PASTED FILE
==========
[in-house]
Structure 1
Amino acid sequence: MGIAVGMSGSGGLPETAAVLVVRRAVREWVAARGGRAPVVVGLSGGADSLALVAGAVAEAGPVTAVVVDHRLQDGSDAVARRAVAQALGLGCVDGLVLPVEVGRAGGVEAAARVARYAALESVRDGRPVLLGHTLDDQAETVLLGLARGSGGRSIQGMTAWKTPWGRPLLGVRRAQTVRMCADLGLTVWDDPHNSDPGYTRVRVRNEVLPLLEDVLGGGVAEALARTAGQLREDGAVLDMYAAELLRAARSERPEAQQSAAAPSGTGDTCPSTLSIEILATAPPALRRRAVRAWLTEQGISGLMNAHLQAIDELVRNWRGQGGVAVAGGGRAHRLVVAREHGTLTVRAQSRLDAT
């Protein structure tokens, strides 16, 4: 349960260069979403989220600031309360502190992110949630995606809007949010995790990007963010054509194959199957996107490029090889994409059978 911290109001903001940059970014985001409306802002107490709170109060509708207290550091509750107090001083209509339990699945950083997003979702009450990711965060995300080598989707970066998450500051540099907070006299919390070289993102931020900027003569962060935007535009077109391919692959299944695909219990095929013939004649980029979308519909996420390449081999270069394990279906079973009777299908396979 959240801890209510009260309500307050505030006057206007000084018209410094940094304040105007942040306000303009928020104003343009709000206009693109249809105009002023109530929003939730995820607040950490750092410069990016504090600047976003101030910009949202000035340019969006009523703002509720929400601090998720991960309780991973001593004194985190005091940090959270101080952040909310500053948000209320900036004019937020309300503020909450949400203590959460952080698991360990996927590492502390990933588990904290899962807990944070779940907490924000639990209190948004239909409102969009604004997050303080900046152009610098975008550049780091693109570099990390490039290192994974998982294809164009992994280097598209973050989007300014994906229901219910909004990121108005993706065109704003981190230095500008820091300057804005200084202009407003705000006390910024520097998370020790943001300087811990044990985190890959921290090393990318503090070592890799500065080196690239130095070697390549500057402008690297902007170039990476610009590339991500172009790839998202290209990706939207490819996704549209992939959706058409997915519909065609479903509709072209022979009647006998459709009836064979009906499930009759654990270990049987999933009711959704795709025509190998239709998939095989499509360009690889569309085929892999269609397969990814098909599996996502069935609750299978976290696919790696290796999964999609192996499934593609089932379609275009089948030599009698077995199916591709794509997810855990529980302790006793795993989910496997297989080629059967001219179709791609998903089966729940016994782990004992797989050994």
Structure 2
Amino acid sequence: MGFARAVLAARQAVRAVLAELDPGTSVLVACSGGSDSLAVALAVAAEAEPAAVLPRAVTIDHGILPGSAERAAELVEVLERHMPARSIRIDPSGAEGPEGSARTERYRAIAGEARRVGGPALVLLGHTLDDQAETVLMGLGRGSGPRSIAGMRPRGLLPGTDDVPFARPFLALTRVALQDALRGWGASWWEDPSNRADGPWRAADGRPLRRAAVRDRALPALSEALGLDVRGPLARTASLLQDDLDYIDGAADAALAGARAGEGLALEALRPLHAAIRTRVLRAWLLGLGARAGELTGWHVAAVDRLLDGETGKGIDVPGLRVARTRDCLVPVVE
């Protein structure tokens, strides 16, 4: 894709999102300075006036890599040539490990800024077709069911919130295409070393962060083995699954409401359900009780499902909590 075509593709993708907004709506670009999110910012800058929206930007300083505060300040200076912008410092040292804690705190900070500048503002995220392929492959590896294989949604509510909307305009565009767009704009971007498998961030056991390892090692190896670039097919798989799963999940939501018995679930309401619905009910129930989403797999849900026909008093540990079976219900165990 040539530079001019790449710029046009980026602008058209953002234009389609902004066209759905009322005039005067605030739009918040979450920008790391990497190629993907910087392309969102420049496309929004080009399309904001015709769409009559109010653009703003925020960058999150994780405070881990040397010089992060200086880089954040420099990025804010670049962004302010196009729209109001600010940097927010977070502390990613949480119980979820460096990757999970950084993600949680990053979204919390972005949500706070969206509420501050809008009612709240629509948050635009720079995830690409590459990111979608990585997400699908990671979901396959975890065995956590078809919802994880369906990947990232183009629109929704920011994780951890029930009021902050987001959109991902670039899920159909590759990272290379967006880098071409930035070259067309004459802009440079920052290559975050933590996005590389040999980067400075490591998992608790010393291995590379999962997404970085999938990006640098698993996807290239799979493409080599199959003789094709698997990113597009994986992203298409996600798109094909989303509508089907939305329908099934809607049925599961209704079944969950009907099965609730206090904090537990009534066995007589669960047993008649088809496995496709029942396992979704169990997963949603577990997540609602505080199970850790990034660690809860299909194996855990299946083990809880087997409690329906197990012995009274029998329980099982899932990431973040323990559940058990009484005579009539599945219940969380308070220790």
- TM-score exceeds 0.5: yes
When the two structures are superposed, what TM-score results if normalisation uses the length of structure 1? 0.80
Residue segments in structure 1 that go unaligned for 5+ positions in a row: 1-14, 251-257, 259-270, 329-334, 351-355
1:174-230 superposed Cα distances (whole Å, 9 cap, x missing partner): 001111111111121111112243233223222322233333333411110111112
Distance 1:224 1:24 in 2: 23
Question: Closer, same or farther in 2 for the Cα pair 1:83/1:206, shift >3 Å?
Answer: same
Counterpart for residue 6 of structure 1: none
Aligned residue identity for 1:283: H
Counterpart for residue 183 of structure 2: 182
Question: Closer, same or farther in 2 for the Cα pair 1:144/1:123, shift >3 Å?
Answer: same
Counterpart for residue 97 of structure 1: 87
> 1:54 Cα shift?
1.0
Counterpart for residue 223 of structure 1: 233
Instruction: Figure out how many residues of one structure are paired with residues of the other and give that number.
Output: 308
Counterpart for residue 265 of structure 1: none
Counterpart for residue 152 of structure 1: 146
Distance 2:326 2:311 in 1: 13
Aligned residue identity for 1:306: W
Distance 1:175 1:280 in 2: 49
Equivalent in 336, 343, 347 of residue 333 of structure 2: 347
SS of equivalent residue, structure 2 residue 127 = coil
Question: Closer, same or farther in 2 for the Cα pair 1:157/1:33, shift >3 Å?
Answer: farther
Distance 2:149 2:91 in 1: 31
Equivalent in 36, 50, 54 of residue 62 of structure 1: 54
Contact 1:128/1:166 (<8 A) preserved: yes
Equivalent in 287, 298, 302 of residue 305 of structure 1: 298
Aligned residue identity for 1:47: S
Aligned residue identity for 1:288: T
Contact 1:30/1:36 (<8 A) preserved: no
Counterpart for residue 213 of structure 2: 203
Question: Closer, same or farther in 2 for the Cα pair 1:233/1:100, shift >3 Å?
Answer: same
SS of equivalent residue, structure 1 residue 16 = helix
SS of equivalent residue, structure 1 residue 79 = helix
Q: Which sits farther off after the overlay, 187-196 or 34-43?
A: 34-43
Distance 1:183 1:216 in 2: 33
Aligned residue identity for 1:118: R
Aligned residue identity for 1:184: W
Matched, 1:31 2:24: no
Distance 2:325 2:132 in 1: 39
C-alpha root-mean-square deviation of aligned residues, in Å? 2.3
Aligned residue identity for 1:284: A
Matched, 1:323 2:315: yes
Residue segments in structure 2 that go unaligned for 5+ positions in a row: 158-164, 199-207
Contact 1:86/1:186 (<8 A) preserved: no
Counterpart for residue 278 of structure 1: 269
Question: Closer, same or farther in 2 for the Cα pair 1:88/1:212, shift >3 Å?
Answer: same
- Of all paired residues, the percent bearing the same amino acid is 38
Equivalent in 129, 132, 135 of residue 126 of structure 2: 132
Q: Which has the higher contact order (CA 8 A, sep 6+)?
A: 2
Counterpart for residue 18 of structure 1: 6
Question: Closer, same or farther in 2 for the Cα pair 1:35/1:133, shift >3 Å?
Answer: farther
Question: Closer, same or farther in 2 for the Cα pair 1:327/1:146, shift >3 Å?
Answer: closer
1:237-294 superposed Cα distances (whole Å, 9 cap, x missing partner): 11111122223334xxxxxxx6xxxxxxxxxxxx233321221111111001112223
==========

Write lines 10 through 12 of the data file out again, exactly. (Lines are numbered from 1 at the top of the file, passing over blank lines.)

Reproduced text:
Residue segments in structure 1 that go unaligned for 5+ positions in a row: 1-14, 251-257, 259-270, 329-334, 351-355
1:174-230 superposed Cα distances (whole Å, 9 cap, x missing partner): 001111111111121111112243233223222322233333333411110111112
Distance 1:224 1:24 in 2: 23